The latest statistics on autistic adults in employment demonstrates that more still needs to be done to allow for reasonable adjustments in the hiring process, according to diversity consultancy, The Clear Company.
In response to a survey carried out by the National Autistic Society, which found that only 16 per cent of autistic adults are in full-time paid work, the diversity specialists have called on organisations to be more proactive in providing reasonable adjustments in the workplace in order to encourage these individuals to declare their needs up front. The consultancy added that the fact that 77 per cent of these individuals want a job demonstrates that the hiring process in many companies is still insufficient in meeting the needs of those living with such conditions. This latest survey follows similar data from the MS Society which revealed that almost one in four respondents living with MS say their employer has treated them badly as a result of their condition.
According to The Clear Company, continuing to avoid addressing this issue could be detrimental to a firm’s talent attraction potential and employee productivity, particularly given recent research from the CIPD which found that individuals with disabilities ranked more highly than any other group in the categories of ‘Brings new and innovative ideas’, ‘A great desire to develop’, ‘Good work ethic’, ‘Reliable’, and ‘Positive attitude to work’. Kate Headley, Director of The Clear Company explains: “The interview process can be hugely daunting for those living with autism and small things can mean they don’t perform to their best ability. However, these individuals can often be harbouring incredible skills that will be hugely beneficial to the organisation. By encouraging individuals to declare any adjustments they may need in the hiring process, companies can really see greater value from any recruitment activity. On top of this, they will help build their reputation as a caring employer – something that most candidates want from their future organisation. However, this is something that will need to be done with great care and it’s certainly advisable for employers to speak to an expert to ensure they are implementing the best approach to allowing for adjustments in the hiring process.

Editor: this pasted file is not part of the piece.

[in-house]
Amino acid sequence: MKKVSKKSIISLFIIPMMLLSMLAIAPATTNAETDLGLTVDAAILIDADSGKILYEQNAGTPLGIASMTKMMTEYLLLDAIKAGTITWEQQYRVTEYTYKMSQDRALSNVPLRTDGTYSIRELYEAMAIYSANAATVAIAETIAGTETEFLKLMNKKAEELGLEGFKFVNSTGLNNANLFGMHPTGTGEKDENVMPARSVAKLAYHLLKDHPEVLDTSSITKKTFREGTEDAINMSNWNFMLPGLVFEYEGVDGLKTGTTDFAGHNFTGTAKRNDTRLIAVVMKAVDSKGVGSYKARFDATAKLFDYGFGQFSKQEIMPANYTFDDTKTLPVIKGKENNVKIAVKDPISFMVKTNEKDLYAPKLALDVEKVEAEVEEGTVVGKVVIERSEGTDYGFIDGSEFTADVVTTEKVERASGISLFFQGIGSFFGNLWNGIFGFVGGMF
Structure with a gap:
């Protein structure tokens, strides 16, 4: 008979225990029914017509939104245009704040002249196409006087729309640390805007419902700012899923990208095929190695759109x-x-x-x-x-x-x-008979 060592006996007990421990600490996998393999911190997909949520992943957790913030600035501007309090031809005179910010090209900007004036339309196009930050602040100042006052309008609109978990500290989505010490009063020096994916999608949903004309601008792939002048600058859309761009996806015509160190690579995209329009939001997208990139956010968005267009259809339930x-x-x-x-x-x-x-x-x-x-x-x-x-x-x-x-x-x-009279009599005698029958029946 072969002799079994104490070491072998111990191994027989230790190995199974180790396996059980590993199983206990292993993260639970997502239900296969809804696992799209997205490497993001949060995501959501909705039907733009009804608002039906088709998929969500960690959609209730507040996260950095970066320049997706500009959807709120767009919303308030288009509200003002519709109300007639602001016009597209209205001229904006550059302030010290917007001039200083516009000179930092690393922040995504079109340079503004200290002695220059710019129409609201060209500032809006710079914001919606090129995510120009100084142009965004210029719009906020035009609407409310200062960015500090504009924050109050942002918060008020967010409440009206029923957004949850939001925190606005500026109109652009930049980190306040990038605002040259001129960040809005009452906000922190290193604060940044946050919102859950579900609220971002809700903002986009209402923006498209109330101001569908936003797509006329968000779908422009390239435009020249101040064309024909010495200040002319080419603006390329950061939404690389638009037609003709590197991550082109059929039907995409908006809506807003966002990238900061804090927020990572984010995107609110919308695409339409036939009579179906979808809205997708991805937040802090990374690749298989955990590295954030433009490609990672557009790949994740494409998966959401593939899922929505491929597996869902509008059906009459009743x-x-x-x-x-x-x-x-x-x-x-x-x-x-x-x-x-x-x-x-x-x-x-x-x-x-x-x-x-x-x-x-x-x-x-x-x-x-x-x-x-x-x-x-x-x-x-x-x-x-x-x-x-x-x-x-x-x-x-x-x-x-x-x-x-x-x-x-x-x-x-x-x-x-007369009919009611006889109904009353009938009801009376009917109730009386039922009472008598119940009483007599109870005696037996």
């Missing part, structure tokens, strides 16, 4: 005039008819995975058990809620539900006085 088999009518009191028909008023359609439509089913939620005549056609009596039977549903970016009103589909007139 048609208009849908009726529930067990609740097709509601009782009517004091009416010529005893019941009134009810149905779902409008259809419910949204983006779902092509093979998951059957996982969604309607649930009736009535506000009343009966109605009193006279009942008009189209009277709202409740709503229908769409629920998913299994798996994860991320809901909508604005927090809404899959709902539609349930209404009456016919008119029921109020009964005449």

It’s also concerning that so many employers are unsure where to turn when it comes to supporting an autistic employee – according to YouGov, 60 percent of businesses are concerned about this. There are multiple places to seek advice – from government support teams to specialist consultancies – but perhaps more importantly, speaking to the individual themselves to find out how best they can be assisted in the workplace will go a long way.”